Agustín Ross Cultural Centre

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Agustín Ross Cultural Centre
Casino Agustín Ross
Agustín Ross Cultural Centre in June 2010.
Agustín Ross Cultural Centre in June 2010.
Alternative namesCasino Agustín Ross Edwards
General information
Architectural styleSimilar to Grand Trianon
LocationPichilemu, Chile
AddressAv. Agustín Ross, in front of the Ross Park
OwnerAgustín Ross (until the 1930s)
Pichilemu Municipality (since the 1930s)
Technical details
Floor count3
Design and construction
ArchitectAgustín Ross Edwards

Agustín Ross Cultural Centre (Spanish, Centro Cultural Agustín Ross), previously known as Casino Ross (Ross Casino), is a historic casino building. It is in Agustín Ross Avenue, in front of Ross Park, in Pichilemu, Chile. The building was built in the late 1800s. In 1906 the first Chilean casino was built there. It was closed in 1932 and converted into a hotel which was open until the 1980s. The building is now Pichilemu's cultural centre.

History[change | change source]

Agustín Ross, circa 1915.
Ross Casino, in 1935.

The casino is named after Agustín Ross Edwards, a Chilean writer, member of parliament, minister and politician. He was part of the powerful family Ross Edwards, which founded the newspaper El Mercurio years earlier.[1] Based on his european experience, Ross bought a place named "La Posada" (English: The Inn) or Petren Fund in 1885. At that time, it was just some barracks with thick walls with a ground of 300 hectares.[2]

The old Ross Casino was constructed in the late 1800s by Ross himself. It contained the first mail and telegraph service and a big store. The building had three floors, and was raised using imported materials.[2] In January 20, 1906,[3] the first Chilean casino was opened in that building.[4][5][6][7][8] The Ross Casino worked until 1932, when the permission was cancelled, allowing just the newly constructed Viña del Mar Casino to work.[9][10] After the closing of the Ross Casino, the building was converted into a hotel was which functioned until the 1980s.[11]

The old casino (1905) and its gardens (1885) are an important part of the city. It was named Historic Monument by the National Monuments Council on February 25, 1988, by the supreme decree N° 100.[4]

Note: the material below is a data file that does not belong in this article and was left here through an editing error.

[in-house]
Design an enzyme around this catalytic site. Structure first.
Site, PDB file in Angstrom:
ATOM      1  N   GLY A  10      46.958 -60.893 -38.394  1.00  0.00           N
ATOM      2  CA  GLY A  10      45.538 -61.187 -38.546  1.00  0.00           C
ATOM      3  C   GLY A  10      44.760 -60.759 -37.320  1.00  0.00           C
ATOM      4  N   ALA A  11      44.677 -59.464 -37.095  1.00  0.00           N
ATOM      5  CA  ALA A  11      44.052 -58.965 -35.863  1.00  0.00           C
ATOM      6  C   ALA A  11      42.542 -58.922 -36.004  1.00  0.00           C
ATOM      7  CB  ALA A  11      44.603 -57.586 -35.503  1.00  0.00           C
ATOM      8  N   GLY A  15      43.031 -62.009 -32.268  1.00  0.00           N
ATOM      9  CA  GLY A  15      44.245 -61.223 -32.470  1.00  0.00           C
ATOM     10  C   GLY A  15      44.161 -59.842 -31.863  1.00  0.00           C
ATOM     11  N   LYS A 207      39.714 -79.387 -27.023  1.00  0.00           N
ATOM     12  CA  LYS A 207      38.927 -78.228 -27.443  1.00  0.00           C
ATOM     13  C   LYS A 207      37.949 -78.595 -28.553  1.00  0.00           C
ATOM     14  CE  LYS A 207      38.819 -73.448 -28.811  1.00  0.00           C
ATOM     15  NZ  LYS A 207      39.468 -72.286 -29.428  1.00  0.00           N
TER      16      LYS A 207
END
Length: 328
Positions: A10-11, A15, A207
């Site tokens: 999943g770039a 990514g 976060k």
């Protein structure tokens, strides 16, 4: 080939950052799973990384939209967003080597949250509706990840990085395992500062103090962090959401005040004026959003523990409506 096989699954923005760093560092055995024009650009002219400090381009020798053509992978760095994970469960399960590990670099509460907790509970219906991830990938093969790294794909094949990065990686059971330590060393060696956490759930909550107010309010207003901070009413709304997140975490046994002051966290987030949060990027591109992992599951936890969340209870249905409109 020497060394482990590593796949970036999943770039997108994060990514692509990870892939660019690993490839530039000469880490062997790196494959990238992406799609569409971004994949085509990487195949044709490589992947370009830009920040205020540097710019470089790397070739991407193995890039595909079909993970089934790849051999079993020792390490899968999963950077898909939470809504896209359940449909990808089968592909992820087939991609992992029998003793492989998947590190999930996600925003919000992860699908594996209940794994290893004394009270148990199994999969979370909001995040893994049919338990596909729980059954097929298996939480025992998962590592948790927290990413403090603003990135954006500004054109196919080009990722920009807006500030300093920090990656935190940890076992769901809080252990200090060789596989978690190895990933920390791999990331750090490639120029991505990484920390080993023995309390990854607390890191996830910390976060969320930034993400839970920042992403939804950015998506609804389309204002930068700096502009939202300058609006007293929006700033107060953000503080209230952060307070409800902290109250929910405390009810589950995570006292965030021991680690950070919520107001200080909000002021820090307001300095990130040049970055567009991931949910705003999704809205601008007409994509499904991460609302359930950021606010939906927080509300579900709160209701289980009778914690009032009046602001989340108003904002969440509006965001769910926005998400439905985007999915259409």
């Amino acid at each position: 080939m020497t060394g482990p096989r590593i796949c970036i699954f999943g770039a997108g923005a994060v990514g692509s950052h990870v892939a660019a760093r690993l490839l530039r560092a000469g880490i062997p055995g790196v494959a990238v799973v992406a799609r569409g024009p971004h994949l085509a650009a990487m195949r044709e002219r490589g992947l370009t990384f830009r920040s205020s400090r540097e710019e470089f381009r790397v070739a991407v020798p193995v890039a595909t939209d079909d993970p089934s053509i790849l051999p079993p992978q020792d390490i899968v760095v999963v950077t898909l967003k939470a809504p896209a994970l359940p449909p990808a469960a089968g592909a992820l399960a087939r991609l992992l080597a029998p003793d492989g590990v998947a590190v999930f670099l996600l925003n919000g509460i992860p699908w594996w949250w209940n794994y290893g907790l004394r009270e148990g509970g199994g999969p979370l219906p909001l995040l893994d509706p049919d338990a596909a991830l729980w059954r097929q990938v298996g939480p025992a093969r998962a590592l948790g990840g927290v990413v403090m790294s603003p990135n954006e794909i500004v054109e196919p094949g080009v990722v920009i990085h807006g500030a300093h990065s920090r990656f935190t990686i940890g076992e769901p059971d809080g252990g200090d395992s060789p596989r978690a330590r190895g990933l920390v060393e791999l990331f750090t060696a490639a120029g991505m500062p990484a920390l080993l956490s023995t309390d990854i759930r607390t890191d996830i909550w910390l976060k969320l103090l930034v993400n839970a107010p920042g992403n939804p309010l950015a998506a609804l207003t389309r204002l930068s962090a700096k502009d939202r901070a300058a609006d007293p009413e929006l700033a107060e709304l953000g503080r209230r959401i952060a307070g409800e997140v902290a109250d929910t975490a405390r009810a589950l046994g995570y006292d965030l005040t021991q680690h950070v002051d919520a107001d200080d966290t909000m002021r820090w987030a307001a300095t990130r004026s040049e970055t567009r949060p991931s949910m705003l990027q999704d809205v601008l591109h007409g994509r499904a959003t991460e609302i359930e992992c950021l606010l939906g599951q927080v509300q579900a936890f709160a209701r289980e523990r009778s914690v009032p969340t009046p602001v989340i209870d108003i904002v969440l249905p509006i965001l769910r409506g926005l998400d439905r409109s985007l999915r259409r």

Ross was also the administrator of the great Juana Ross de Edwards fortune, the Nancagua Hacienda, near the city of same name.[4] He designed an urban set of high environmental value and landscape, transforming "La Posada" to a hotel (Great Hotel Pichilemu, later Hotel Ross, or Ross Hotel).[12] Ross also built several chalets, terraces, embankments, stone walls, a balcony in front of the beach and several large houses with imported building materials and furniture from France and England. Additionally, he put up a park and a forest of more than 10 hectares.[12] Ross turned Pichilemu into a summer resort town for rich people from Santiago. He, however, could not build a dock for the city, as he had planned.[4]

In 1935, the Ross successors ceded to the Illustrious Municipality of Pichilemu all the Ross constructions (streets, avenues, squares, seven hectares of forests, the park in front of the hotel, the perrons and the terraces) under condition that the municipality hold them for recreation and public access.[4]

The Cultural Centre was severely damaged after the February 2010 Chile earthquake. The library that it hosted was completely destroyed. After the 2010 Pichilemu earthquake, the Cultural Centre suffered structural damage, but Roberto Córdova, Mayor of Pichilemu, said that it was repairable.

References[change | change source]

  1. Matt (2009-04-01). "Pichilemu Puts Valparaiso To Shame". Corrugated City. Retrieved 2009-12-07.
  2. 2.0 2.1 "Lugares históricos de Pichilemu" (in Spanish). DePichilemu. Archived from the original on 2010-01-21. Retrieved 2009-12-08.
  3. Antonio Saldías González (1990). Pichilemu: Mis fuentes de información (in Spanish). El Promoucae. Retrieved 2010-01-12.
  4. 4.0 4.1 4.2 4.3 4.4 "Casino (antiguo) de Pichilemu y los Jardínes del Parque Agustin Ross" (in Spanish). National Monuments Council. Archived from the original on 2012-03-01. Retrieved 2009-12-06.
  5. M. Vargas Celis (2007-09-21). "Llegó la primavera para el Primer Casino de Juegos de Chile". Archived from the original on 2009-05-30. Retrieved 2009-12-07.
  6. Beatriz Valenzuela (2007-08-22). "Chile: Hoy se inicia recuperación de edificio histórico, casino Ross de Pichilemu". El País. Archived from the original on 2008-07-25. Retrieved 2009-12-07.
  7. "Pichilemu" (in Spanish). Archived from the original on 2008-03-26. Retrieved 2009-12-07.
  8. "Pichilemu Institute of Language Studies" (PDF). Pichilemu Institute of Language Studies. Archived from the original (PDF) on 2013-02-26. Retrieved 2009-12-07.
  9. Carmen del Río Pereira Blanca Tagle Arduengo (2009). Región de O'Higgins: Breve relación del patrimonio natural y cultural (in Spanish). Pro-O'Higgins.
  10. Ministerio de Obras Públicas de Chile (1998). Monumentos nacionales de Chile, 225 fichas (in Spanish). Santiago: MOP, Consejo de Monumentos Nacionales.
  11. "Don Agustín Ross y su Máxima Creación: Pichilemu". Pichilemu Histórico. 2008-07-14. Retrieved 2009-12-08.
  12. 12.0 12.1 Charlotte Beech, Jolyon Attwooll, Thomas Kohnstamm, and Andrew Dean Nystrom (2006-05-01). Chile and Easter Island. Footscray, Victoria, Australia: Lonely Planet. ISBN 9781740599979.{{cite book}}: CS1 maint: multiple names: authors list (link)